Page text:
Rats get a bad rap, but did you know that studies have shown rats to be compassionate and help their fellow rodents? That being said, you might not be thrilled to have rats in or around your property! You’ve come to the right place for solutions to rat problems that are not only humane, but actually work! Keep in mind, virtually all rat conflicts are a result of lack of cleanliness.
Rats Outside Your Home?
Your bird feeder may be the issue. Birds can leave messes behind when feasting from your bird feeder and rats may see this as a delectable feast for them to enjoy.
Reduce the amount of seeds that fall to the ground. You can use a seed tray under your feeder, look for bird food that does not create a lot of waste (like shelled peanuts, sunflower hearts, suet, nectar, thistle, cracked corn, and hulled millet), and be sure to sweep up fallen seeds. Store birdseed in an air and watertight container that is rodent-proof. Place feeders as far away from your home as possible, and use baffles to prevent rats from climbing the pole.
If your bird feeder is not the issue, it may be that your yard could use some tidying up.
- Don’t leave trash out overnight, and make sure trash is always stored in bins with a secure lid. This will help reduce conflicts with other animals as well!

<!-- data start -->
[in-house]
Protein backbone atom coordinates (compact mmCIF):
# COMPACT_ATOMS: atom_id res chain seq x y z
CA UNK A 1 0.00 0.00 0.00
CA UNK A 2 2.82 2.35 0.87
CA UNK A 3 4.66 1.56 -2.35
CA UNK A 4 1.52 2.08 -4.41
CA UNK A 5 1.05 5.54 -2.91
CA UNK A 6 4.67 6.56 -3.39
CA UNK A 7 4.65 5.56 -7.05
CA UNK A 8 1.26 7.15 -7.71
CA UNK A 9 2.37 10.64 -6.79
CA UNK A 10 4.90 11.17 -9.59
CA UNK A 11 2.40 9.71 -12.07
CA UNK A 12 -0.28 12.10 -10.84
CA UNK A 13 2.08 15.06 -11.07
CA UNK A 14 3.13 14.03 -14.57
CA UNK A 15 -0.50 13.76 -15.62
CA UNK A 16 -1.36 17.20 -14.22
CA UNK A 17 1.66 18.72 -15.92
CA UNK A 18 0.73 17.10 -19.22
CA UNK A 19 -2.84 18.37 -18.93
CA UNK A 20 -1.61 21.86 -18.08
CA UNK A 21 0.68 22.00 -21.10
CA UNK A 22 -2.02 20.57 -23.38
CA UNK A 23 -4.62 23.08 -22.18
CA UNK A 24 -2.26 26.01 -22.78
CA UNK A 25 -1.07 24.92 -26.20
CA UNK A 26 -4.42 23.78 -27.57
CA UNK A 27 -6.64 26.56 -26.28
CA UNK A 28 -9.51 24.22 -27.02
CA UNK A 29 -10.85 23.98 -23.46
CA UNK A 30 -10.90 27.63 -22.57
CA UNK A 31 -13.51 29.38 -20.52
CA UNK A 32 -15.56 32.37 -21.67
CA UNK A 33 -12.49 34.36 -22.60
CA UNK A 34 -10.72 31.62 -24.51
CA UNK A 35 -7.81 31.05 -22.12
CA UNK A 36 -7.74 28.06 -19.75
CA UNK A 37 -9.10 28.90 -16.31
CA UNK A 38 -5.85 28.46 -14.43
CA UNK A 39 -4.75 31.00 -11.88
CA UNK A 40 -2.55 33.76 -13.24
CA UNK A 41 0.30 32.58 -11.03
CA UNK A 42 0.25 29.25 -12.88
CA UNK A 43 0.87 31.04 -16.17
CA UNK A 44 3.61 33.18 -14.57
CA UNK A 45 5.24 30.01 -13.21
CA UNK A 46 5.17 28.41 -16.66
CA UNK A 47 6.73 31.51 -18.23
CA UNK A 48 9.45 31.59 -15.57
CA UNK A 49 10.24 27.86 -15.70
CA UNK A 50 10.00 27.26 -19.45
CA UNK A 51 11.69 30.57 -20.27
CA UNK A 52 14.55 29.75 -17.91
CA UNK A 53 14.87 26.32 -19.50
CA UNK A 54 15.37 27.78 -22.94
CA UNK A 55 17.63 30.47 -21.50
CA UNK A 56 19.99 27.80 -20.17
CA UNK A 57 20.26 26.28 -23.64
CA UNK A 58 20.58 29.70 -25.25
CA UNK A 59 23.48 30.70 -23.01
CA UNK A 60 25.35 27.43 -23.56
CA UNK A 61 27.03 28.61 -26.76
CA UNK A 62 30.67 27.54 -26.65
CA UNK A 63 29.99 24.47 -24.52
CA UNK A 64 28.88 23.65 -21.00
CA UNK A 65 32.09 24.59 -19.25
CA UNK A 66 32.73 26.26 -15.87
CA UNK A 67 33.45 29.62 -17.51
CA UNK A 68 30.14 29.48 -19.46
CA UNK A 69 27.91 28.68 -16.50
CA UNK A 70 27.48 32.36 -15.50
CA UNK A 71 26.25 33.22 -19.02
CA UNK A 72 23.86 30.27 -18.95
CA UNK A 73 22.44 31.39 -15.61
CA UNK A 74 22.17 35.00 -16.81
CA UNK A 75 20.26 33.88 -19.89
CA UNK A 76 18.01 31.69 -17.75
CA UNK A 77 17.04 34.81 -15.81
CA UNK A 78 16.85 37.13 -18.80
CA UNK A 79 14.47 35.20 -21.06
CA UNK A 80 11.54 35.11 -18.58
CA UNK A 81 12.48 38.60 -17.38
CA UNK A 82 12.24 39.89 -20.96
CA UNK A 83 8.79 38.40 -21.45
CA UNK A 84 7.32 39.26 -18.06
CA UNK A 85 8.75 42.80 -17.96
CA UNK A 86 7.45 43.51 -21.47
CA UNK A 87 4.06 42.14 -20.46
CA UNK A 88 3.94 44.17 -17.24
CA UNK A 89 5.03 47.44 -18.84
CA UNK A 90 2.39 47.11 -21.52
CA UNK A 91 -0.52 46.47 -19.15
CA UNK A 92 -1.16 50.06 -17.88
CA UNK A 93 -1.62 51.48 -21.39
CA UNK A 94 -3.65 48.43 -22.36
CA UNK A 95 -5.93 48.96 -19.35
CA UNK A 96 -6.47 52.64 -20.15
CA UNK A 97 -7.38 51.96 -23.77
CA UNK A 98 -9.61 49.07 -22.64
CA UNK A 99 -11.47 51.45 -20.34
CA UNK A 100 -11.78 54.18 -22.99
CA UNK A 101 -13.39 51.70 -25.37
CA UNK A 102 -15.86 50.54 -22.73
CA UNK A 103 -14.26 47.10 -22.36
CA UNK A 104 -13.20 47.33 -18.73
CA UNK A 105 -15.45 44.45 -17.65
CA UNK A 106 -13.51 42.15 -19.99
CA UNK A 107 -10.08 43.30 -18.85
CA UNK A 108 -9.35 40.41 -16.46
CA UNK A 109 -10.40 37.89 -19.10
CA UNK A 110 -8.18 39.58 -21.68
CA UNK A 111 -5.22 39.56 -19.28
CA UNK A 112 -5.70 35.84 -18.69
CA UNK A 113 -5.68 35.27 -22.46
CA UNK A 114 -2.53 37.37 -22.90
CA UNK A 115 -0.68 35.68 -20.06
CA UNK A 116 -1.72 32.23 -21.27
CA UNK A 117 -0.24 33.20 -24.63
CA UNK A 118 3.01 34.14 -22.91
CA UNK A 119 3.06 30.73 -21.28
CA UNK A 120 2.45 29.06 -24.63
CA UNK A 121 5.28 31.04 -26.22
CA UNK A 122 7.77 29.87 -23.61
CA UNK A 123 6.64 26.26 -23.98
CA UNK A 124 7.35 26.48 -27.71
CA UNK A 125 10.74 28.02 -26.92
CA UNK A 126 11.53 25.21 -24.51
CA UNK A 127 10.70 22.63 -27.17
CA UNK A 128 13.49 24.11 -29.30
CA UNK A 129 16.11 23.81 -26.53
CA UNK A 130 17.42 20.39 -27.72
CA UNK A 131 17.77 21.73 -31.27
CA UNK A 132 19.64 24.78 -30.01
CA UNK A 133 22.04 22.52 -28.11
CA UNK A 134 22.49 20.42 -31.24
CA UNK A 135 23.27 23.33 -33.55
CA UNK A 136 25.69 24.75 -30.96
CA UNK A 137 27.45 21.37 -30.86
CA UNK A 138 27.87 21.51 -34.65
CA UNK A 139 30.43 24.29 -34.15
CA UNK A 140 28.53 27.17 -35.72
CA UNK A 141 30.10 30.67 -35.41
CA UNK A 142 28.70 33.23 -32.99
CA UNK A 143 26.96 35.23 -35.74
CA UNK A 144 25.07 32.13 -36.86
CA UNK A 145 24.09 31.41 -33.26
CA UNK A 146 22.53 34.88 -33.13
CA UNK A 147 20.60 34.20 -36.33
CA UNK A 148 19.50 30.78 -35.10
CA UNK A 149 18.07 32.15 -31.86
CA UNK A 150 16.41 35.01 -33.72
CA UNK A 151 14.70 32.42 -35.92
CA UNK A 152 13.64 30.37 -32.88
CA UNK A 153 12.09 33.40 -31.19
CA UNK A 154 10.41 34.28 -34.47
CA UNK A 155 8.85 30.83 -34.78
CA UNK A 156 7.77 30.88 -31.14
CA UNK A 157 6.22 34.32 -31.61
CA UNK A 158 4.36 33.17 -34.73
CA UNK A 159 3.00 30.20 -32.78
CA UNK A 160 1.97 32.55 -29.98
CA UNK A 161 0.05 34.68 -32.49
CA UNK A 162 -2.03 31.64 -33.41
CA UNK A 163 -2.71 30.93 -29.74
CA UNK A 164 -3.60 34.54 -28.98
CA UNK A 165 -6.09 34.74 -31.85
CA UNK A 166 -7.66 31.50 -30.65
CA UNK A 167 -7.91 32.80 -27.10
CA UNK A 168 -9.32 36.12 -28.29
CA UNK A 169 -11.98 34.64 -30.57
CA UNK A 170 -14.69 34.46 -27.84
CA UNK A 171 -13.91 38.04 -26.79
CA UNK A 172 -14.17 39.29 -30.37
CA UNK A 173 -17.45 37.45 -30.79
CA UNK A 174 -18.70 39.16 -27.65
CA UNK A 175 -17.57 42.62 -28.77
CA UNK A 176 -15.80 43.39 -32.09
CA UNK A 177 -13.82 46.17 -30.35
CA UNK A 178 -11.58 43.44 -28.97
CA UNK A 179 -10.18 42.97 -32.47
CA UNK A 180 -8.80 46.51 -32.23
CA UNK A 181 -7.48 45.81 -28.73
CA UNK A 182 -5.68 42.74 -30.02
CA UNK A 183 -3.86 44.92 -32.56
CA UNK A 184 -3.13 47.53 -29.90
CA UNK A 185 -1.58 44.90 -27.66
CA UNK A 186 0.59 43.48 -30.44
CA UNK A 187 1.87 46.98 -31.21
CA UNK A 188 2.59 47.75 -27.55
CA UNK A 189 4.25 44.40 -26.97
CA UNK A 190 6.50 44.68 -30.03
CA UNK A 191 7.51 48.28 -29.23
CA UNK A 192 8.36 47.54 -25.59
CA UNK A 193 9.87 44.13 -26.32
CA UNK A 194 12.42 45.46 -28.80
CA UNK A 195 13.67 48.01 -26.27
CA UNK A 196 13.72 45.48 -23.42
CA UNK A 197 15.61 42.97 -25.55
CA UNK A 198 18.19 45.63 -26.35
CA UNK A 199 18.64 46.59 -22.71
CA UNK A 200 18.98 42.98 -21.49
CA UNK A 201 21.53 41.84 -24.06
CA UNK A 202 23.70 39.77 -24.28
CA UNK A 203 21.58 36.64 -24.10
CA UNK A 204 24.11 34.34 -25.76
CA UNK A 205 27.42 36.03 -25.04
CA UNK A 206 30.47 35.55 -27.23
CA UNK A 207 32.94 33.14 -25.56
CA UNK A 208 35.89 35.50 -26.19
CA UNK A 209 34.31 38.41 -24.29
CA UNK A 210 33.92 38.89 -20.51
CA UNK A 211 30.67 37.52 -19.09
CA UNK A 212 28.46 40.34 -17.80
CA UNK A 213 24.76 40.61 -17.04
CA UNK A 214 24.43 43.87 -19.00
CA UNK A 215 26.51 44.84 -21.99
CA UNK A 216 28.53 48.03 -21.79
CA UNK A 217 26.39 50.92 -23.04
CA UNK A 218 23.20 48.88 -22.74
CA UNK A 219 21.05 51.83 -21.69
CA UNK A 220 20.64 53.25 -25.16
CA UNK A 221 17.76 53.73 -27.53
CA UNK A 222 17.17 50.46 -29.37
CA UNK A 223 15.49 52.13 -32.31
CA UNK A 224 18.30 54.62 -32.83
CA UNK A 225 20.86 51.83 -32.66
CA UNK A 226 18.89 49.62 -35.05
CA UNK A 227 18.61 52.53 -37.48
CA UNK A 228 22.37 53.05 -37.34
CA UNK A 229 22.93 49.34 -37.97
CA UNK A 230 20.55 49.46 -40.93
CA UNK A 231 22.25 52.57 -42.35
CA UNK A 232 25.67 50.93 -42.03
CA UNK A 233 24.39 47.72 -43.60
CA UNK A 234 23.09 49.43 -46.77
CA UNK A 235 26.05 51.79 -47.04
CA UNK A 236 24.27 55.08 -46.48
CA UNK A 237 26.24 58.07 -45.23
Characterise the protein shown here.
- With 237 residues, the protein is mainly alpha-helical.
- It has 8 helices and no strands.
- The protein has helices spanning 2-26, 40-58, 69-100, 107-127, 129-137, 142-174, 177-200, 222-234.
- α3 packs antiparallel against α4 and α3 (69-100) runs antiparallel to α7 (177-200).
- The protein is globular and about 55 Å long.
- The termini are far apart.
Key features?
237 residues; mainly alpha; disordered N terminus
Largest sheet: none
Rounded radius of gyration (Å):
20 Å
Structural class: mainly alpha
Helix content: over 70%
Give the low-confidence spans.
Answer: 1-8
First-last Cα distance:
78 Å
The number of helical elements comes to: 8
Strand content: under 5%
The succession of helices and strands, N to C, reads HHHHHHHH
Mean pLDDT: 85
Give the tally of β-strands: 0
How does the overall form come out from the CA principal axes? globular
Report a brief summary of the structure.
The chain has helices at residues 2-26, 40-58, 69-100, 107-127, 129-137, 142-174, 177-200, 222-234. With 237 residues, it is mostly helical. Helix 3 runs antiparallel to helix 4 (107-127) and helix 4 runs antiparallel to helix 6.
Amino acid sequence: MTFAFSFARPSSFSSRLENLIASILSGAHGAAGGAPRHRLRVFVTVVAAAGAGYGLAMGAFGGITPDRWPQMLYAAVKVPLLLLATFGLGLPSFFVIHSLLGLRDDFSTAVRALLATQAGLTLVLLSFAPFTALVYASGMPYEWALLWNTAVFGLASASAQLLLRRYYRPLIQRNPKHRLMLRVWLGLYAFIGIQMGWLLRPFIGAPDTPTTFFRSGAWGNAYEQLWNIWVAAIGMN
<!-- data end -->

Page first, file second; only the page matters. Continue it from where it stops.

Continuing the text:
- Don’t leave pet food or pet droppings outside.
- Remove wood or rubbish from your property – rats love to hang out here!
Rats Inside Your Home?
If you see droppings, notice gnawed holes in baseboards or door frames, see smudge marks on walls, hear sounds of movement in walls or the attic, or your dog or cat is staring at the wall, you may have rats inside your home.
Rats can enter buildings in a number of ways, including holes, heating vents, or anywhere there’s a gap. Seal holes and openings with heavy-weighted material (1/4-inch hardware cloth or heavy-gauge screening), plug wall and floor gaps with copper mesh, and finish sealing openings with caulking or foam insulation combined with wire mesh.
Rodent Control Fill Fabric is a mice and rat repellent that has been shown to work short term.
For a long term solution, you can use an L-shaped barrier of hardware cloth or concrete to prevent burrowing along foundations. Make sure to bury the footer about a foot deep and extend it out from the foundation about a foot.
Please note, Humane Action Pittsburgh (HAP) is not a wildlife rescue and is unable to address concerns or assist with wildlife emergencies. Please utilize the resources on our website to find the appropriate organization to contact. Submissions to HAP through our contact form or email will not be able to be addressed.